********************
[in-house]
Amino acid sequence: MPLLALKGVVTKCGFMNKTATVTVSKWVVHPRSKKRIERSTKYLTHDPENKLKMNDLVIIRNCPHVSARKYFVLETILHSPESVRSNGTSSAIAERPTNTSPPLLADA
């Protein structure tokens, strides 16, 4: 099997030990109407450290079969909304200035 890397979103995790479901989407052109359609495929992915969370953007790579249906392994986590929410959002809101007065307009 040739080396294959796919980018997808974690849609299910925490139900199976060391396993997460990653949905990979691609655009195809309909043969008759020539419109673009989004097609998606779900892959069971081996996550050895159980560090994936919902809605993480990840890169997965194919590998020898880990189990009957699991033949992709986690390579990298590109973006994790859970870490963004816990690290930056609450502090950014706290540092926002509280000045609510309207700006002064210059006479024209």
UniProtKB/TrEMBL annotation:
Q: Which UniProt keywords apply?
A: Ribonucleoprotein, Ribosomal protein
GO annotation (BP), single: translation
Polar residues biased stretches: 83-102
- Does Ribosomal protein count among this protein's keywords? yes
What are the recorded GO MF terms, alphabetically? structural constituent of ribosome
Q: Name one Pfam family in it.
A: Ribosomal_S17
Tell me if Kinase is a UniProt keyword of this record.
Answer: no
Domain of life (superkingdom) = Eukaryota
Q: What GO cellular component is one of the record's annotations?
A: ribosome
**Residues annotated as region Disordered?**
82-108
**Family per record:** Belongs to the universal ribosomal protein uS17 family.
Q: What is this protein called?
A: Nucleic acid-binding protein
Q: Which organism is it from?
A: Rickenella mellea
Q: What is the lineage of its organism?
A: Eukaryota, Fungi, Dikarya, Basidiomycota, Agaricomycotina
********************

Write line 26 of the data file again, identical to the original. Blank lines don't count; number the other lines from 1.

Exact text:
A: Eukaryota, Fungi, Dikarya, Basidiomycota, Agaricomycotina